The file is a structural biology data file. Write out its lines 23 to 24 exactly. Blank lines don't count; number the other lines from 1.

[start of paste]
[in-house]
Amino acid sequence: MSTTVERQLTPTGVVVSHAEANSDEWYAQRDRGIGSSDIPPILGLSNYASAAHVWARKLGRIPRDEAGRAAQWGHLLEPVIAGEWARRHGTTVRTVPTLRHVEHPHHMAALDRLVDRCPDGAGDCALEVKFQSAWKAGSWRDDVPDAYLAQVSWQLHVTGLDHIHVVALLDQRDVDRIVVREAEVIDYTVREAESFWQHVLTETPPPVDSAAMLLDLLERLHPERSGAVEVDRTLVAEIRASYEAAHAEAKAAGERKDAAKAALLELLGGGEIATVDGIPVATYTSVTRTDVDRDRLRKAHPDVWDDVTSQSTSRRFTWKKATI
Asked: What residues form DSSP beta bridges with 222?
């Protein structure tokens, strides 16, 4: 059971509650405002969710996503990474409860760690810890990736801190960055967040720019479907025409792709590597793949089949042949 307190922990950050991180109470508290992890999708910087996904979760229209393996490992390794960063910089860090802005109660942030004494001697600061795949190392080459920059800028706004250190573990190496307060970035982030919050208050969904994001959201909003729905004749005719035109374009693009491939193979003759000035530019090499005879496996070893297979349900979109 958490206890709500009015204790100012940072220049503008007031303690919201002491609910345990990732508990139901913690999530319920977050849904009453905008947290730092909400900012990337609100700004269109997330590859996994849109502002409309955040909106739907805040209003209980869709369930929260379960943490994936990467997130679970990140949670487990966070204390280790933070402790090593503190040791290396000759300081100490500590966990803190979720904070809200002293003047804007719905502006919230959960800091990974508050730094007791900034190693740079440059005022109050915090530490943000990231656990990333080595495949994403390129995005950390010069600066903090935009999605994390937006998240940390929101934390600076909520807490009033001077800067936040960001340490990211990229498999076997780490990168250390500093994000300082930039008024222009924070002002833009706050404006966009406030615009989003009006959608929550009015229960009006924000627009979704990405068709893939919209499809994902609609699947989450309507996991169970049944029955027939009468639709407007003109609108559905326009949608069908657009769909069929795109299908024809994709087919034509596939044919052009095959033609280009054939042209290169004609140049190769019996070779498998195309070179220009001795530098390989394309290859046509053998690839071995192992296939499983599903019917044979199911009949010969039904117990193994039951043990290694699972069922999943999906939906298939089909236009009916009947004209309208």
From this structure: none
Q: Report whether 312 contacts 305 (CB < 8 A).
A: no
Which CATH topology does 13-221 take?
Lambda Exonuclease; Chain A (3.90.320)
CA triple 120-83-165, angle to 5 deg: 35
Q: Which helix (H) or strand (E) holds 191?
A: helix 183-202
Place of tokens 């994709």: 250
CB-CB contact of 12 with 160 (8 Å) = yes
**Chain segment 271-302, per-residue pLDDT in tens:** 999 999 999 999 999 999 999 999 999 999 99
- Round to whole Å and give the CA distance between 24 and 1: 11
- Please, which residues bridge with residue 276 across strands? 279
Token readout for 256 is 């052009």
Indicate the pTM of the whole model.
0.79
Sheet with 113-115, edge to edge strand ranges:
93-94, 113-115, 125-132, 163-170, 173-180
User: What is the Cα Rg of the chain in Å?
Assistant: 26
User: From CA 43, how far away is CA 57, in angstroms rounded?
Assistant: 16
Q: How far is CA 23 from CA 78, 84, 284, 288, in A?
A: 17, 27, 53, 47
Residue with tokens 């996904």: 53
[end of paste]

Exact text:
User: What is the Cα Rg of the chain in Å?
Assistant: 26